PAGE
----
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The clustering and halo masses of star-forming galaxies at z<1

Dolley, Tim; Brown, Michael J. I.; Weiner, Benjamin J.; Brodwin, Mark; Kochanek, C. S.; Pimbblet, Kevin A.; Palamara, David P.; Jannuzi, Buell T.; Dey, Arjun; Atlee, David W.; Beare, Richard


Tim Dolley

Michael J. I. Brown

Benjamin J. Weiner

Mark Brodwin

C. S. Kochanek

David P. Palamara

Buell T. Jannuzi

Arjun Dey

David W. Atlee

Richard Beare


We present clustering measurements and halo masses of star-forming galaxies at 0.2 < z < 1.0. After excluding active galactic nuclei (AGNs), we construct a sample of 22,553 24 μm sources selected from 8.42 deg2 of the Spitzer MIPS AGN and Galaxy Evolution Survey of Boötes. Mid-infrared imaging allows us to observe galaxies with the highest star formation rates (SFRs), less biased by dust obscuration afflicting the optical bands. We find that the galaxies with the highest SFRs have optical colors that are redder than typical blue cloud galaxies, with many residing within the green valley. At z > 0.4 our sample is dominated by luminous infrared galaxies (LIRGs, LTIR > 1011 L☉) and is composed entirely of LIRGs and ultraluminous infrared galaxies (ULIRGs, LTIR > 1012 L☉) at z > 0.6. We observe weak clustering of r0 ≈ 3–6 h−1 Mpc for almost all of our star-forming samples. We find that the clustering and halo mass depend on LTIR at all redshifts, where galaxies with higher LTIR (hence higher SFRs) have stronger clustering. Galaxies with the highest SFRs at each redshift typically reside within dark matter halos of Mhalo ≈ 1012.9 h−1 M☉. This is consistent with a transitional halo mass, above which star formation is largely truncated, although we cannot exclude that ULIRGs reside within higher mass halos. By modeling the clustering evolution of halos, we connect our star-forming galaxy samples to their local descendants. Most star-forming galaxies at z < 1.0 are the progenitors of L lesssim 2.5 L* blue galaxies in the local universe, but star-forming galaxies with the highest SFRs (LTIR gsim 1011.7 L☉) at 0.6 < z < 1.0 are the progenitors of early-type galaxies in denser group environments.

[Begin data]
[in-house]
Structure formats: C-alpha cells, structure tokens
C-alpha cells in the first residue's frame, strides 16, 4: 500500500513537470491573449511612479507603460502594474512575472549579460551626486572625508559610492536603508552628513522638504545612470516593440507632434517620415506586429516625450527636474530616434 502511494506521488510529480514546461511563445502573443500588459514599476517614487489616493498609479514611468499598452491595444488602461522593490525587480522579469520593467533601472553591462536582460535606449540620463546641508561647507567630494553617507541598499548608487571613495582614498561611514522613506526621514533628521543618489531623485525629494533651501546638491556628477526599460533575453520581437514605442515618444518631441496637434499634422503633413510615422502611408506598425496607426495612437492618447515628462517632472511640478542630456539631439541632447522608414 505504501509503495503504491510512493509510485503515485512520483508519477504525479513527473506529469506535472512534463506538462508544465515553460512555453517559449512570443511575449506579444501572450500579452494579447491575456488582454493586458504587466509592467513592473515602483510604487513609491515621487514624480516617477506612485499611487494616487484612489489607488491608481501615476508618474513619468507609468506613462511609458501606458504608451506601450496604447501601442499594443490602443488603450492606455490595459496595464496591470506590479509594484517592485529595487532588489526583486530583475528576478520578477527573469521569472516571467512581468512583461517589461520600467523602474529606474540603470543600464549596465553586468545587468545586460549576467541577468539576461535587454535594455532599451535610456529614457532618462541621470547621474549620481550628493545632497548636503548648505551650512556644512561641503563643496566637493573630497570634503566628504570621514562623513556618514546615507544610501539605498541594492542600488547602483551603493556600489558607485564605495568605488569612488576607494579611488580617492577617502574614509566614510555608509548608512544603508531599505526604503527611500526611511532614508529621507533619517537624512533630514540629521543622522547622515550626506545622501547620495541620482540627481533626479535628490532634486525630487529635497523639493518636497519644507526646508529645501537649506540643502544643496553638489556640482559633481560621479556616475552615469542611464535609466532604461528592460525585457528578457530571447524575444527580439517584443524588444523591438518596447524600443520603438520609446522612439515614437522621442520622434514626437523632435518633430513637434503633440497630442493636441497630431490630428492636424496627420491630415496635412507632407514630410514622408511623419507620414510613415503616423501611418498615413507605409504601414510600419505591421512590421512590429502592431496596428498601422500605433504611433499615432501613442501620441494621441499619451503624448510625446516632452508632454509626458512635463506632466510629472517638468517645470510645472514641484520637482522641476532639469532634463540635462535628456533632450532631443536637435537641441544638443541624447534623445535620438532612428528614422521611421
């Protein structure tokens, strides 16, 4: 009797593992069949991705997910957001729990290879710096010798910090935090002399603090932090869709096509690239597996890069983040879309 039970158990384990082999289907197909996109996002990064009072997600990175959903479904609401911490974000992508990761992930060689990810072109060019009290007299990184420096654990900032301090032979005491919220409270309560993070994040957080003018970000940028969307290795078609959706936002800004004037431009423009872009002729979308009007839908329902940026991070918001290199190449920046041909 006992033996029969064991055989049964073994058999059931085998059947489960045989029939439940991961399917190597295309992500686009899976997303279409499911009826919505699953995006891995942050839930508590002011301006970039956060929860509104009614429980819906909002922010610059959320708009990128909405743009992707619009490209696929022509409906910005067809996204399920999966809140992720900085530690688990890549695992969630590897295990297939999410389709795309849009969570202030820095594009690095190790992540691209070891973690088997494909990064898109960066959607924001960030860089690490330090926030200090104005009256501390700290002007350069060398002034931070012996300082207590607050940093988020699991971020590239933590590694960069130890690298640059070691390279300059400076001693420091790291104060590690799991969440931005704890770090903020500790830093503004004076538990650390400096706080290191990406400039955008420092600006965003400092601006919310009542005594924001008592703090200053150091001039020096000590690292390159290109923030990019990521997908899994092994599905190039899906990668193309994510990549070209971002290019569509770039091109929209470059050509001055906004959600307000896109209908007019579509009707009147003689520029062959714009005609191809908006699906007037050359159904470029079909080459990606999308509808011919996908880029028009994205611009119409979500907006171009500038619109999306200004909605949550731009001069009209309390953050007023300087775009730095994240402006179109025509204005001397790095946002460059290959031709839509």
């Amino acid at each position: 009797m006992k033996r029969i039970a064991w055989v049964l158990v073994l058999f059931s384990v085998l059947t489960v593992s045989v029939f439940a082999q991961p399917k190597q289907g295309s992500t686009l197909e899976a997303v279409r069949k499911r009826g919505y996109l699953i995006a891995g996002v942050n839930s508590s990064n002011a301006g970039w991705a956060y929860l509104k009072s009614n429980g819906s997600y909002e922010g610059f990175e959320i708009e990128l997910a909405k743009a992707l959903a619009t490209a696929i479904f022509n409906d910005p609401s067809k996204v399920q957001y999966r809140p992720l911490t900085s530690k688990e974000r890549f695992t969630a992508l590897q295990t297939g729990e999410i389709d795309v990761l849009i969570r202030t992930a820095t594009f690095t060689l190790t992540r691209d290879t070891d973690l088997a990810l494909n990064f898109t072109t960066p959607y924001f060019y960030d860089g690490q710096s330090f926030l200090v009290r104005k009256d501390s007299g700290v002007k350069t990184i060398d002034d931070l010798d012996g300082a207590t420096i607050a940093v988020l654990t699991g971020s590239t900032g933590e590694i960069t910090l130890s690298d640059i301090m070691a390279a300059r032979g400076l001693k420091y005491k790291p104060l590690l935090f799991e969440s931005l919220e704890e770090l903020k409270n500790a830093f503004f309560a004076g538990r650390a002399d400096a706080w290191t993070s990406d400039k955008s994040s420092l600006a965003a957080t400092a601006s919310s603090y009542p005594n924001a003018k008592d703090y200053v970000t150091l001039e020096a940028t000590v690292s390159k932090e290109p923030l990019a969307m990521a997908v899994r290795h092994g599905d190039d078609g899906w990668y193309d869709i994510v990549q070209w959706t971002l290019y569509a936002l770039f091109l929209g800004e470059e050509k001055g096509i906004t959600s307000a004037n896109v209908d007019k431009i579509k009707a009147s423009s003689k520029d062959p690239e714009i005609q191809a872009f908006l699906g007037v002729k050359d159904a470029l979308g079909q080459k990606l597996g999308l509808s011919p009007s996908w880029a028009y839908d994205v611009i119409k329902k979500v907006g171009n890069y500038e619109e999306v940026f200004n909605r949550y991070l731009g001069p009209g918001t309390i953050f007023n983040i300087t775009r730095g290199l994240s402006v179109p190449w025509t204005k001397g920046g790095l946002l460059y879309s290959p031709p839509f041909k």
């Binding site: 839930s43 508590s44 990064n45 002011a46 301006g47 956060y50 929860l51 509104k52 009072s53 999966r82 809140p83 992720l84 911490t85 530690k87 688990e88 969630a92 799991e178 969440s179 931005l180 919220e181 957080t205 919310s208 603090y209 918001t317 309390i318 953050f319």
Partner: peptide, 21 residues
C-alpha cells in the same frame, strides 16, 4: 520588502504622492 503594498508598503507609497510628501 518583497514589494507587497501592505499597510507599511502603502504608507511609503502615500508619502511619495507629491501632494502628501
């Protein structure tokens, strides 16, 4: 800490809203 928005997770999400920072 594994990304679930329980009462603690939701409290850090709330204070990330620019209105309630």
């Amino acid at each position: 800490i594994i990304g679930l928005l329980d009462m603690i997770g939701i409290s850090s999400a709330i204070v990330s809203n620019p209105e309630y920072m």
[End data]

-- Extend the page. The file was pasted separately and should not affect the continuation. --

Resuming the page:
Dolley, T., Brown, M. J. I., Weiner, B. J., Brodwin, M., Kochanek, C. S., Pimbblet, K. A., …Beare, R. (2014). The clustering and halo masses of star-forming galaxies at z

Journal Article Type Article
Acceptance Date Oct 9, 2014
Online Publication Date Dec 8, 2014
Publication Date Dec 20, 2014
Deposit Date Jun 18, 2015
Publicly Available Date Jun 18, 2015
Journal The astrophysical journal
Print ISSN 0004-637X
Electronic ISSN 1538-4357
Publisher American Astronomical Society
Peer Reviewed Peer Reviewed
Volume 797
Issue 2
Article Number ARTN 125
Keywords Cosmology -- observations, Dark matter, Galaxies -- evolution, Galaxies -- halos, Galaxies -- star formation, Galaxies -- statistics, Large-scale structure of Universe
Public URL
Publisher URL
Additional Information Copy of article first published in: The Astrophysical journal, 2014, v.797, no.2 ©: 2014 The American Astronomical Society. Published by Institute of Physics on behalf of the American Astronomical Society. All rights reserved.


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Copyright Statement
© 2014. The American Astronomical Society. All rights reserved.

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